“He said, I've bought you a selfie stick. I said, do I have to do everything myself?”
I haven’t booked much Christmas-themed theatre this year in an attempt to try and reclaim a bit of a social life but also because I do find it quite hard to write reviews about pantomimes. By and large I’ve been quite lucky in the few I’ve been to in recent years, sticking to the venues who know what they’re doing (Hackney Empire, Lyric Hammersmith, New Wimbledon) but even with this logic, my fingers were burnt a little with this year’s first festive foray.
Marking Susie McKenna’s 17th panto for the Hackney Empire, Jack and the Beanstalk is a raucous, rambling affair indeed, but one blessed with the return of Clive Rowe as the Dame, the actor famed at the only one to win an Olivier for panto. And I have to say that the audience around us were largely loving the whole thing which is kind of the whole point, even if you’re bribing the kids with handfuls of free sweets (it’s only like giving critics drinks vouchers for the interval ;-))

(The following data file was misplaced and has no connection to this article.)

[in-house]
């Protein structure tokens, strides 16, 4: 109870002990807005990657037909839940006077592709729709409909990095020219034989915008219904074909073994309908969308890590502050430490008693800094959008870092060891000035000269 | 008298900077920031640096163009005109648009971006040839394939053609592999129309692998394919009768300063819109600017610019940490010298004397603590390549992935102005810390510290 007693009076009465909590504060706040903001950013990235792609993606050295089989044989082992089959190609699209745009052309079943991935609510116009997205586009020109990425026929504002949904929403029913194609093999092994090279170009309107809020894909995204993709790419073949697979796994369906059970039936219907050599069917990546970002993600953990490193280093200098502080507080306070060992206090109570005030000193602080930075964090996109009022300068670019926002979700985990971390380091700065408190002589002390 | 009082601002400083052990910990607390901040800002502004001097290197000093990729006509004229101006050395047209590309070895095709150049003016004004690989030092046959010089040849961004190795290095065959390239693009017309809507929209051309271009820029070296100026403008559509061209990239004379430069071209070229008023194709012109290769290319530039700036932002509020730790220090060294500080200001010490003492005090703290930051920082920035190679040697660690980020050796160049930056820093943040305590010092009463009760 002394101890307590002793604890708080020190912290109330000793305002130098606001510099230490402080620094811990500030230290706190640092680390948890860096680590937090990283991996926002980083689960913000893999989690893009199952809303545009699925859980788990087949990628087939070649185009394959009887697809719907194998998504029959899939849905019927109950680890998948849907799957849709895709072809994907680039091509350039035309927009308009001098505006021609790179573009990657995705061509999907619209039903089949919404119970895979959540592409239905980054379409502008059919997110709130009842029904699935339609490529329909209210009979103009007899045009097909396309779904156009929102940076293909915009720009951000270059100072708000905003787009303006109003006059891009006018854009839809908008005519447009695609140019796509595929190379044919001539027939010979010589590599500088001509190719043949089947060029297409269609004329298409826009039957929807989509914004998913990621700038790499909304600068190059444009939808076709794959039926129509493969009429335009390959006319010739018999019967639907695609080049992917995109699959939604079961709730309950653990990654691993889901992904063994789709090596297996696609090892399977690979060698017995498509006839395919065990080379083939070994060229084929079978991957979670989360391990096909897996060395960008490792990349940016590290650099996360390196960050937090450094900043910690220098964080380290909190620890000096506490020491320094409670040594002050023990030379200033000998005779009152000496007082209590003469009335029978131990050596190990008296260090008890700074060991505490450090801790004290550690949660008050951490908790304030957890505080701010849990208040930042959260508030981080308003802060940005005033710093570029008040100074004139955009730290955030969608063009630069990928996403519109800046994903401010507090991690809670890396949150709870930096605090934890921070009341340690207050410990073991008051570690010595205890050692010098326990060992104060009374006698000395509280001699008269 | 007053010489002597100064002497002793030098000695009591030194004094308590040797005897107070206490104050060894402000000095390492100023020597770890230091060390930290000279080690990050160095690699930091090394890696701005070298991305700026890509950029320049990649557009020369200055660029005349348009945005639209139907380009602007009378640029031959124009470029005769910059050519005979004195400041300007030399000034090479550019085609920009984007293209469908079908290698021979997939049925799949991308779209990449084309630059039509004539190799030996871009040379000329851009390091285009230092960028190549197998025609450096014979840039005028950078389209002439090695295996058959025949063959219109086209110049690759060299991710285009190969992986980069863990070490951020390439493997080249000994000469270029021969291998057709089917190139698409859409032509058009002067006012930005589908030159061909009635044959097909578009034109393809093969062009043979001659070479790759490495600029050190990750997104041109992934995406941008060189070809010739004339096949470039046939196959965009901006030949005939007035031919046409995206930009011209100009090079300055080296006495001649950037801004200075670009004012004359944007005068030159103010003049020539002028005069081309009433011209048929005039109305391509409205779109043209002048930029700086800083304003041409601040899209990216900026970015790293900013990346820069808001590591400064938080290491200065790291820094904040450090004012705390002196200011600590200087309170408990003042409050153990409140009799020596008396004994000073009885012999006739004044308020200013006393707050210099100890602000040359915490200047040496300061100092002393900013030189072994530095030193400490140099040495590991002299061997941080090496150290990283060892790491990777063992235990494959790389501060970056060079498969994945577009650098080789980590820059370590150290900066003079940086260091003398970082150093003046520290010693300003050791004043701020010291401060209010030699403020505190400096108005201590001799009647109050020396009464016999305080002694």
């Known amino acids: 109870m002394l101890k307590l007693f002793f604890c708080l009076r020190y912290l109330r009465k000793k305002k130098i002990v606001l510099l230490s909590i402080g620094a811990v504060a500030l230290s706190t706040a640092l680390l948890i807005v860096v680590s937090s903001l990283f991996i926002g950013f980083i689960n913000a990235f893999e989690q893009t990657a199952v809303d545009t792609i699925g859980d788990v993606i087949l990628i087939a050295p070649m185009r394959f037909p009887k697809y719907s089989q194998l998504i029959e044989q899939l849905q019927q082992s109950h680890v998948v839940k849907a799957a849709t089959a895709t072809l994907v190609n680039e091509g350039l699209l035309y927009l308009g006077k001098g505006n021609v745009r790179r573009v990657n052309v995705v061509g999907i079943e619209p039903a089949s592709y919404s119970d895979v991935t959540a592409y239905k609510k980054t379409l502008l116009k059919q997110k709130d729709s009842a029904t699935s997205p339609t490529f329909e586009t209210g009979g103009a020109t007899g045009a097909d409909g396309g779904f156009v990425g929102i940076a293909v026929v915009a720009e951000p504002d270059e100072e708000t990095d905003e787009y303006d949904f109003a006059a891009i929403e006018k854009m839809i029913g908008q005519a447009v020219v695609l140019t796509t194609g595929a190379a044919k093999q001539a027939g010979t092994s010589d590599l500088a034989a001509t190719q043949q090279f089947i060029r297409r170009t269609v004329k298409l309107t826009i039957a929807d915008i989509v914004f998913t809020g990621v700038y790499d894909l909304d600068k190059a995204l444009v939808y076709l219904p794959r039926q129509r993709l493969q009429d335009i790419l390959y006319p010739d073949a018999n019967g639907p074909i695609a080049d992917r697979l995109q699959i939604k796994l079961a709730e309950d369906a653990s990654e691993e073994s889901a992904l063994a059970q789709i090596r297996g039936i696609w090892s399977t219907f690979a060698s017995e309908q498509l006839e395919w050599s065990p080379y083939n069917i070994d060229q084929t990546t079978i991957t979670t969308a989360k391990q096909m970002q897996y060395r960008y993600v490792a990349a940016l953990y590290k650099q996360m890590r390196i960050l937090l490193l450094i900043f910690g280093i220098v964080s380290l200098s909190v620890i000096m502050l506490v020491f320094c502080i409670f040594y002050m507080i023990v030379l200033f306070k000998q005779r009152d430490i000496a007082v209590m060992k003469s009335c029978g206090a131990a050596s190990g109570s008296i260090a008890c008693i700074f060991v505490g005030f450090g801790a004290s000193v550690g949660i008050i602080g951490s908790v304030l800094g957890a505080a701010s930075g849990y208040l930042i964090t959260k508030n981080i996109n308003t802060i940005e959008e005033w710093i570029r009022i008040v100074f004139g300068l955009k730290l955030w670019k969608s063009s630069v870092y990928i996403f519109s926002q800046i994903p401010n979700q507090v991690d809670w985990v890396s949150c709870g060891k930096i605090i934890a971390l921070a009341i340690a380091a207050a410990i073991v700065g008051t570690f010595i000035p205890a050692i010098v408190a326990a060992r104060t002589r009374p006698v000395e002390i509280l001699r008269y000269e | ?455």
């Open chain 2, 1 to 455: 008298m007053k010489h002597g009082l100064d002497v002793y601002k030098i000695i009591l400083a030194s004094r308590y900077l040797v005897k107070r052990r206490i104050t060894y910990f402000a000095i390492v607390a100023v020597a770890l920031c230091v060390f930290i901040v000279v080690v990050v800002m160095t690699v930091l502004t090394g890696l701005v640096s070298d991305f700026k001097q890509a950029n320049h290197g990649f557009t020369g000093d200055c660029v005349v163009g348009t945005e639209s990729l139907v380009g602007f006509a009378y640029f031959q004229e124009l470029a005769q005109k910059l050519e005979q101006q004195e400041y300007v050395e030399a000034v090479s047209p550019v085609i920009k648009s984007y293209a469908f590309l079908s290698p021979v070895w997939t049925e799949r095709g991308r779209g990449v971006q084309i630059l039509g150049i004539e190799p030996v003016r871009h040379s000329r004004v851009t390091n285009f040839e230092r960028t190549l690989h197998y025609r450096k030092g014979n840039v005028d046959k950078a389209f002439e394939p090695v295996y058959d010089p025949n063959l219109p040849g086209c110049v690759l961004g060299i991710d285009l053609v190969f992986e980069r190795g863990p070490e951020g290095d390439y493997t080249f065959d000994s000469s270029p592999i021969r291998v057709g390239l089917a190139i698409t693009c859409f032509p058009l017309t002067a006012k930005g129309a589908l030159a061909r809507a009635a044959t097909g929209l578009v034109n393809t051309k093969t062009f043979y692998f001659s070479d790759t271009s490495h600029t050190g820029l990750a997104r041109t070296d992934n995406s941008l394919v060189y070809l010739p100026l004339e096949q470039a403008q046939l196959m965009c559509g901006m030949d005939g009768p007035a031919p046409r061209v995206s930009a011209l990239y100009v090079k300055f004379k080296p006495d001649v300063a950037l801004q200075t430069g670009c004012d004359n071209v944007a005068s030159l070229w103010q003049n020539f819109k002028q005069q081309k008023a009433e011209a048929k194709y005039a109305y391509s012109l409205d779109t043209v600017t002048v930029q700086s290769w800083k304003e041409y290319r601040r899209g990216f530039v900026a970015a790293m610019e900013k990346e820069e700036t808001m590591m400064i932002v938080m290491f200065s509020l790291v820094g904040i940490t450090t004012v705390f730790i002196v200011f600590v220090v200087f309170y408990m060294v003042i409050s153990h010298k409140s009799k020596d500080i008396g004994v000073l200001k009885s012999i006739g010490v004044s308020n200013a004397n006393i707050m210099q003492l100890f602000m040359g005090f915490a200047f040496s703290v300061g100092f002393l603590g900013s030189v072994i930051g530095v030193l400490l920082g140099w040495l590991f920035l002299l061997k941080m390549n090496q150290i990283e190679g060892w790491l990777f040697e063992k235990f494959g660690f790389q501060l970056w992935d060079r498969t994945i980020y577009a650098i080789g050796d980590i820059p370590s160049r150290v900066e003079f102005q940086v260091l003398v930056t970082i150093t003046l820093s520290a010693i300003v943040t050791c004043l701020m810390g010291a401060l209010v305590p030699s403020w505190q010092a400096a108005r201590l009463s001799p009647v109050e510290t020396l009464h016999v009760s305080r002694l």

For me though, I was a tad disappointed. McKenna’s revamping of the plot riffs inordinately off of
the original story to a perplexing degree, the sheer number of subplots give a very disjointed feel especially early on, and the eco-friendly message that ought to resonate strongest feels shoehorned in at the end. The contemporary references and jokes also don’t quite feel the sharpest, making the show feel quite laboured especially with this running time.
The over-complicatedness seems
baffling when you have such talent as Rowe onstage, an old hand at milking the
humour for all age groups. Likewise Kat B’s and Darren Hart good double act and
Jocelyn Jee Esien and Tony Timberlake’s boo-hiss bad double act are at their
best when working the eager audience. Debbie Kurup’s Jack is a strangely drawn
hero though, not really a strong presence in the story and consequently
overacted (if there can be such a thing in panto) though her singing voice
So not the strongest of starts for my festive season and possibly something of a disappointment for the Hackney Empire. Now altogether now, 'oh no it isn't'...
Running time: 2 hours 45 minutes (with interval)
Booking until 3rd January
Labels: Clive Rowe, Dale White, Darren Hart, Debbie Kurup, Emmanuel Alba, Frances Dee, Georgia Oldman, Jocelyn Jee Esien, Julia Sutton, Katie Shearman, Matthew Kelly, Sharon D Clarke, Tony Timberlake